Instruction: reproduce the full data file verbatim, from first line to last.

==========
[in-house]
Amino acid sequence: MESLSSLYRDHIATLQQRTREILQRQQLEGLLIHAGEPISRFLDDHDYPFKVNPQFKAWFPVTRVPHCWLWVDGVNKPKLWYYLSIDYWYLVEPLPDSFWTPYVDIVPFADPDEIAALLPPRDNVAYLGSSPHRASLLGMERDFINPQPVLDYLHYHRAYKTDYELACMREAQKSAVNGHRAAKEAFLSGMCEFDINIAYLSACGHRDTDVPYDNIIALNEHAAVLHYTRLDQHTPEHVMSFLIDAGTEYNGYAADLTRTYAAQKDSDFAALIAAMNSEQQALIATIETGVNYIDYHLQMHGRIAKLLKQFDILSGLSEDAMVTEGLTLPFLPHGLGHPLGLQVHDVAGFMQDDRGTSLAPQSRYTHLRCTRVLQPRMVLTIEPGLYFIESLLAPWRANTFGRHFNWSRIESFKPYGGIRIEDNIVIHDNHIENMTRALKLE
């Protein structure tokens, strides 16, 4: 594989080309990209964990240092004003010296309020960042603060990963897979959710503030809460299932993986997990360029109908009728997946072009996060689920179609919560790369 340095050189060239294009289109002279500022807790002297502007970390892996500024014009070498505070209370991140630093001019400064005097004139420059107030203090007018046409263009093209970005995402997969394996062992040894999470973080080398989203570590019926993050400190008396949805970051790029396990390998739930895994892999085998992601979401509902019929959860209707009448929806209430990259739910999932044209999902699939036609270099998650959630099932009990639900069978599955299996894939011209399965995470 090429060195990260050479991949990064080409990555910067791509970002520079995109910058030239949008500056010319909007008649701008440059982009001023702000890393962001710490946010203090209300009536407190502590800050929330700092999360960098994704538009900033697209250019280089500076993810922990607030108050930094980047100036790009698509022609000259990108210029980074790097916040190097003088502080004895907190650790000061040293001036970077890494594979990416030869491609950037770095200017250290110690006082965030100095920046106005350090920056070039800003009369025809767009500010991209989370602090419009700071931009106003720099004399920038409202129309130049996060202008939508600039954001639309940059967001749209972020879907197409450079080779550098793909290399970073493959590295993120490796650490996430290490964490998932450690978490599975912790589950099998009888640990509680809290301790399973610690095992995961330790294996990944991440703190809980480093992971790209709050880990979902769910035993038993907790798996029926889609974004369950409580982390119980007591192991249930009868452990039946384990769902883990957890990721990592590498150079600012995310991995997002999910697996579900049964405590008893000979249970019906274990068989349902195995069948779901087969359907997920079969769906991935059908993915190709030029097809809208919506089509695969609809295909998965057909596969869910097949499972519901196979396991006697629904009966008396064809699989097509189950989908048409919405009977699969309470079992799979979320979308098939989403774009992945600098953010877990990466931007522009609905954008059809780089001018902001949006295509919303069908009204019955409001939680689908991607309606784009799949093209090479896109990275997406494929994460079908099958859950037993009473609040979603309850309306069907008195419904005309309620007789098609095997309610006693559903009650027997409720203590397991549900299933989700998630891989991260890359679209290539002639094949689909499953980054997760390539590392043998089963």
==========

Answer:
[in-house]
Amino acid sequence: MESLSSLYRDHIATLQQRTREILQRQQLEGLLIHAGEPISRFLDDHDYPFKVNPQFKAWFPVTRVPHCWLWVDGVNKPKLWYYLSIDYWYLVEPLPDSFWTPYVDIVPFADPDEIAALLPPRDNVAYLGSSPHRASLLGMERDFINPQPVLDYLHYHRAYKTDYELACMREAQKSAVNGHRAAKEAFLSGMCEFDINIAYLSACGHRDTDVPYDNIIALNEHAAVLHYTRLDQHTPEHVMSFLIDAGTEYNGYAADLTRTYAAQKDSDFAALIAAMNSEQQALIATIETGVNYIDYHLQMHGRIAKLLKQFDILSGLSEDAMVTEGLTLPFLPHGLGHPLGLQVHDVAGFMQDDRGTSLAPQSRYTHLRCTRVLQPRMVLTIEPGLYFIESLLAPWRANTFGRHFNWSRIESFKPYGGIRIEDNIVIHDNHIENMTRALKLE
């Protein structure tokens, strides 16, 4: 594989080309990209964990240092004003010296309020960042603060990963897979959710503030809460299932993986997990360029109908009728997946072009996060689920179609919560790369 340095050189060239294009289109002279500022807790002297502007970390892996500024014009070498505070209370991140630093001019400064005097004139420059107030203090007018046409263009093209970005995402997969394996062992040894999470973080080398989203570590019926993050400190008396949805970051790029396990390998739930895994892999085998992601979401509902019929959860209707009448929806209430990259739910999932044209999902699939036609270099998650959630099932009990639900069978599955299996894939011209399965995470 090429060195990260050479991949990064080409990555910067791509970002520079995109910058030239949008500056010319909007008649701008440059982009001023702000890393962001710490946010203090209300009536407190502590800050929330700092999360960098994704538009900033697209250019280089500076993810922990607030108050930094980047100036790009698509022609000259990108210029980074790097916040190097003088502080004895907190650790000061040293001036970077890494594979990416030869491609950037770095200017250290110690006082965030100095920046106005350090920056070039800003009369025809767009500010991209989370602090419009700071931009106003720099004399920038409202129309130049996060202008939508600039954001639309940059967001749209972020879907197409450079080779550098793909290399970073493959590295993120490796650490996430290490964490998932450690978490599975912790589950099998009888640990509680809290301790399973610690095992995961330790294996990944991440703190809980480093992971790209709050880990979902769910035993038993907790798996029926889609974004369950409580982390119980007591192991249930009868452990039946384990769902883990957890990721990592590498150079600012995310991995997002999910697996579900049964405590008893000979249970019906274990068989349902195995069948779901087969359907997920079969769906991935059908993915190709030029097809809208919506089509695969609809295909998965057909596969869910097949499972519901196979396991006697629904009966008396064809699989097509189950989908048409919405009977699969309470079992799979979320979308098939989403774009992945600098953010877990990466931007522009609905954008059809780089001018902001949006295509919303069908009204019955409001939680689908991607309606784009799949093209090479896109990275997406494929994460079908099958859950037993009473609040979603309850309306069907008195419904005309309620007789098609095997309610006693559903009650027997409720203590397991549900299933989700998630891989991260890359679209290539002639094949689909499953980054997760390539590392043998089963």